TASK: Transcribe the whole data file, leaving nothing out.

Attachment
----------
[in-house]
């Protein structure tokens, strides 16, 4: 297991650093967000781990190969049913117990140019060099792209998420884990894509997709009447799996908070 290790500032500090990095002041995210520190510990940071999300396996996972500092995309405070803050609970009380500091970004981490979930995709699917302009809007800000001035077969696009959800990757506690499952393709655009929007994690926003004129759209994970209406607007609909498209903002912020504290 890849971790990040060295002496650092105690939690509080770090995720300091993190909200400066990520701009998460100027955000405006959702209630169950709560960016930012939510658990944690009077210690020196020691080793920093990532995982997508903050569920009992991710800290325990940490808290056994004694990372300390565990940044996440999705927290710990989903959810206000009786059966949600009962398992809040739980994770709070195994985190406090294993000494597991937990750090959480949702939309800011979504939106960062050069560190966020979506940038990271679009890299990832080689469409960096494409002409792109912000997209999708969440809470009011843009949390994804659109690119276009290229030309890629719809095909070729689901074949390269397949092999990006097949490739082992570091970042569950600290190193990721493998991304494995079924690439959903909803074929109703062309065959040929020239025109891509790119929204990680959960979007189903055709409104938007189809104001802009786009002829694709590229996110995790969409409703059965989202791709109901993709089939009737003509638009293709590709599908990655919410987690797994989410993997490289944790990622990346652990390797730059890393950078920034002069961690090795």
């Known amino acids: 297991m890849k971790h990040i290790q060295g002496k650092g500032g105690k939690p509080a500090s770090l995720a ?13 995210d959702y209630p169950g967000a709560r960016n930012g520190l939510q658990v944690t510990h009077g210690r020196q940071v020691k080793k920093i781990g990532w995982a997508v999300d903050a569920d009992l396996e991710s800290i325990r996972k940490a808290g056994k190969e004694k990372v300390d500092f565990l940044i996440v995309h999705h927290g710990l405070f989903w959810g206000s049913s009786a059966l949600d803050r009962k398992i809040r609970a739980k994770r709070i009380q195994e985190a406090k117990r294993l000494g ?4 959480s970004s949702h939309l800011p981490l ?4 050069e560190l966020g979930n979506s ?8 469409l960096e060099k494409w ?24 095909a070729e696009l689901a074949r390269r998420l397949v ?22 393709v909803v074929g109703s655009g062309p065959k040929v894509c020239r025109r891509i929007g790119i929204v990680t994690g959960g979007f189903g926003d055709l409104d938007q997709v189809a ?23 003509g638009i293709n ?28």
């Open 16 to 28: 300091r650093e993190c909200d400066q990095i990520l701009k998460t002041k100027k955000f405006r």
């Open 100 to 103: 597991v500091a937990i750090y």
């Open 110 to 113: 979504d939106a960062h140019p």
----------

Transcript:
[in-house]
């Protein structure tokens, strides 16, 4: 297991650093967000781990190969049913117990140019060099792209998420884990894509997709009447799996908070 290790500032500090990095002041995210520190510990940071999300396996996972500092995309405070803050609970009380500091970004981490979930995709699917302009809007800000001035077969696009959800990757506690499952393709655009929007994690926003004129759209994970209406607007609909498209903002912020504290 890849971790990040060295002496650092105690939690509080770090995720300091993190909200400066990520701009998460100027955000405006959702209630169950709560960016930012939510658990944690009077210690020196020691080793920093990532995982997508903050569920009992991710800290325990940490808290056994004694990372300390565990940044996440999705927290710990989903959810206000009786059966949600009962398992809040739980994770709070195994985190406090294993000494597991937990750090959480949702939309800011979504939106960062050069560190966020979506940038990271679009890299990832080689469409960096494409002409792109912000997209999708969440809470009011843009949390994804659109690119276009290229030309890629719809095909070729689901074949390269397949092999990006097949490739082992570091970042569950600290190193990721493998991304494995079924690439959903909803074929109703062309065959040929020239025109891509790119929204990680959960979007189903055709409104938007189809104001802009786009002829694709590229996110995790969409409703059965989202791709109901993709089939009737003509638009293709590709599908990655919410987690797994989410993997490289944790990622990346652990390797730059890393950078920034002069961690090795």
């Known amino acids: 297991m890849k971790h990040i290790q060295g002496k650092g500032g105690k939690p509080a500090s770090l995720a ?13 995210d959702y209630p169950g967000a709560r960016n930012g520190l939510q658990v944690t510990h009077g210690r020196q940071v020691k080793k920093i781990g990532w995982a997508v999300d903050a569920d009992l396996e991710s800290i325990r996972k940490a808290g056994k190969e004694k990372v300390d500092f565990l940044i996440v995309h999705h927290g710990l405070f989903w959810g206000s049913s009786a059966l949600d803050r009962k398992i809040r609970a739980k994770r709070i009380q195994e985190a406090k117990r294993l000494g ?4 959480s970004s949702h939309l800011p981490l ?4 050069e560190l966020g979930n979506s ?8 469409l960096e060099k494409w ?24 095909a070729e696009l689901a074949r390269r998420l397949v ?22 393709v909803v074929g109703s655009g062309p065959k040929v894509c020239r025109r891509i929007g790119i929204v990680t994690g959960g979007f189903g926003d055709l409104d938007q997709v189809a ?23 003509g638009i293709n ?28």
């Open 16 to 28: 300091r650093e993190c909200d400066q990095i990520l701009k998460t002041k100027k955000f405006r």
């Open 100 to 103: 597991v500091a937990i750090y």
């Open 110 to 113: 979504d939106a960062h140019p």